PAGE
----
Since this is a static class, we just changed to open the file once when the class is instatiated as such:

public static class myAppSettings
{
        static Configuration config = WebConfigurationManager.OpenWebConfiguration("~");
        public static string GetKeyAsString(string keyName)
        {
             try
             {            
                 var appSection = config.GetSection("appSettings") as AppSettingsSection;

                 try
                 {
                      return appSection.Settings[keyName].Value;
                 }
                 catch (NullReferenceException)
                 {
                     return keyName + " is missing";
                 }
             }
            catch
            {
                return WebConfigurationManager.AppSettings[keyName];
            }
       }
 }

This seemingly small change yielded the following change in the NewRelic stats that shows the average time it takes on the server to generate the html.

You can see the dramatic drop in time on the day that we released the change. Finding silver bullets like this are very exciting.

This also explained a couple of odd behaviors that we noticed over the last couple of years that we were not able to understand until we started using these tools.
1) I always wondered why, on our site, when we pushed out a new config file, it immediately picked up any changes. I expected that it should only pick it up when the app pool was recycled. Now we know. It was opening it constantly.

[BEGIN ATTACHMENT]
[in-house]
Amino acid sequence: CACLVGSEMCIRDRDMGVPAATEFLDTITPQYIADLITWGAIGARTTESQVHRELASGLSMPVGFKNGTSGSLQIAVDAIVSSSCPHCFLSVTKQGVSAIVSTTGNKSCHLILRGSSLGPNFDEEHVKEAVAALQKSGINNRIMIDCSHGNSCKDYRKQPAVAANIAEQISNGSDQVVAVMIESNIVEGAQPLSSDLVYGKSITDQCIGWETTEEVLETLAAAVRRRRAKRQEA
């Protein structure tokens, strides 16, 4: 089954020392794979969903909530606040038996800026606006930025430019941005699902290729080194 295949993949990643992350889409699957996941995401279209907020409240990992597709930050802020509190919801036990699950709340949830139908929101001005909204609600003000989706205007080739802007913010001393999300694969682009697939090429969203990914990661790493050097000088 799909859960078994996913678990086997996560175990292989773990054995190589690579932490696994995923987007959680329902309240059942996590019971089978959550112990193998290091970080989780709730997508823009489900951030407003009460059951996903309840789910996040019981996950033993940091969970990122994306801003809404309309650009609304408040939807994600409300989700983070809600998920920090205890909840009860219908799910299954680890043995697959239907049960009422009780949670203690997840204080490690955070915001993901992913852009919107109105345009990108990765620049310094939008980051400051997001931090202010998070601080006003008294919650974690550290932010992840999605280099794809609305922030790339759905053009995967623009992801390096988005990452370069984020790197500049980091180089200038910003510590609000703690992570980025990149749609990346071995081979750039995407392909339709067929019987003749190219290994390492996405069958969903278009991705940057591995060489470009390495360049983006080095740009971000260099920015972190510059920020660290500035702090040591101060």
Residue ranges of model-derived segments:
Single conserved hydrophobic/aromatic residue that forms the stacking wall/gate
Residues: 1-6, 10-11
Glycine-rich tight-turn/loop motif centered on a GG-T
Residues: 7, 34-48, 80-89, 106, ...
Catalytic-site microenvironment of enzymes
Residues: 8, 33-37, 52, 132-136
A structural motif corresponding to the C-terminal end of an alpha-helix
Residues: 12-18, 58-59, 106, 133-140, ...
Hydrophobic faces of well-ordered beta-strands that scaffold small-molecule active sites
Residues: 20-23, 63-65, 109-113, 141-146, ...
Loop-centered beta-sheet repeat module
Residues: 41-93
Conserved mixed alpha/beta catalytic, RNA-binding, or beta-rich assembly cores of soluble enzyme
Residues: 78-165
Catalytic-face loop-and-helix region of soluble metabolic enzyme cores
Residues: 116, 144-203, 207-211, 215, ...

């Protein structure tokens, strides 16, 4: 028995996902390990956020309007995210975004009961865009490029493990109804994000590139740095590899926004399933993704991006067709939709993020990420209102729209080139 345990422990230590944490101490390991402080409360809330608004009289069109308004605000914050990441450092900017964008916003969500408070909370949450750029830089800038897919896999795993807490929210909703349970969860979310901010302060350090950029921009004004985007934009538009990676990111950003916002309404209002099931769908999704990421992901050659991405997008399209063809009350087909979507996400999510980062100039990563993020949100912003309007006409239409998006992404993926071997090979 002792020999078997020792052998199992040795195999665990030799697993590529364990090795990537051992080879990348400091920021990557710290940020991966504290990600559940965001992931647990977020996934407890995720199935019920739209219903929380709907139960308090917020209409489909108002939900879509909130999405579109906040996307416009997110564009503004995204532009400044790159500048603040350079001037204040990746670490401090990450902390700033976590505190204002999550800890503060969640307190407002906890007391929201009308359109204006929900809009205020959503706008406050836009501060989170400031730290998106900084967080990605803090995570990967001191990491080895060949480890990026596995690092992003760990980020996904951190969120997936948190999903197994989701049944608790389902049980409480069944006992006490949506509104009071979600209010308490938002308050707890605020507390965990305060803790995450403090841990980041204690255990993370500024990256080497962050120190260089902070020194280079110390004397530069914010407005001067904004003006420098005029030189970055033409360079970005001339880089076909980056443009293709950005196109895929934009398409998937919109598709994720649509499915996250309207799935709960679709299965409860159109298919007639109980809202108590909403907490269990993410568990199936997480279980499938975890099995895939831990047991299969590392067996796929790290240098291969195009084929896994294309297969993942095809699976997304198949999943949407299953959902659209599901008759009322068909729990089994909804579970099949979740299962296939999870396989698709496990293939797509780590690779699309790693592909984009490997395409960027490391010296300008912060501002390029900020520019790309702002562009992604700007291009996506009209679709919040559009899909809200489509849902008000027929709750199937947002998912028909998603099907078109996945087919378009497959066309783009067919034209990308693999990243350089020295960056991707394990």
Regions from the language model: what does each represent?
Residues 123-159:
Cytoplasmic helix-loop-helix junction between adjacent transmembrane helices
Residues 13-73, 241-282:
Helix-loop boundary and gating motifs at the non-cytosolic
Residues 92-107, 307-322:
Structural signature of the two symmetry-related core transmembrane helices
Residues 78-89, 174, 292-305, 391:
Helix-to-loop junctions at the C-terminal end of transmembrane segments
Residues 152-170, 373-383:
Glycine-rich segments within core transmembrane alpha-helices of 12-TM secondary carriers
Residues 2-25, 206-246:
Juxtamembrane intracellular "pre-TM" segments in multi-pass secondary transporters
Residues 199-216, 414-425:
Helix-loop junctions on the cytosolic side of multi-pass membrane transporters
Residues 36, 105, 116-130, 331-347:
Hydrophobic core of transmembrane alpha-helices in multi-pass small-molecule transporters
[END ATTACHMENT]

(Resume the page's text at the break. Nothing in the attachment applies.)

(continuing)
2) A change we put in the header caused the web servers to jump in CPU. This change had included a couple of lookups in the config. This led us to think that reading the config was slow even though all of the articles that we read said it should be just reading from a dictionary in memory. Now we know why it was slow.

Some other hot spots that we found using these tools that helped to speed them up were around how we were loading third party widgets.
1) Facebook Comments needed to be made asynchronous and moved to after dom ready. We learned that you cannot move it till after the load event because it wont render.
2) Addthis share bar loads, twitter, google plus, facebook like, etc. Even though the JS that they provide says it is non blocking. It was to a point and loaded oddly on the page. By changing how it loads and moving it later in the page cycle, it enabled us to ensure the page was rendered before loading these third party tools.
3) On some of our pages we pull in json via an ajax request on dom ready and merge it with a template on the page to display information. By merely putting JS at the bottom of the page, it still executes before dom ready. therefore, some third party js was blocking what we wanted to do on dom ready.

Key learnings is not to just load third party code where they recommend. If we did that our pages would still be 10 seconds+. Experiment with moving them around and controlling when they load via $(window).load and $(document).ready.

NOTE: Be very careful of 3rd party code that has document.write in it. If you move that after the dom has been created, it will break most browsers. If Chrome sees it, it creates a new dom and blanks the page.

So without these tools (as well as firebug, Chrome Developer tools, webpagetest.org) we were flying blind as to how our site was performing out in the wild. Very often, it is different than in your lab setting and definately different than just looking at it as a one off page load via firebug or webpagetest.org. Don’t get me wrong, firebug and webpagetest.org are important tools. However, when you look at actual performance en-masse, in the wild, you see a ton of things that you normally wouldnt. Understanding what your site is doing, why it is doing it, and how your user’s experience is affected is critical to the success of your web property.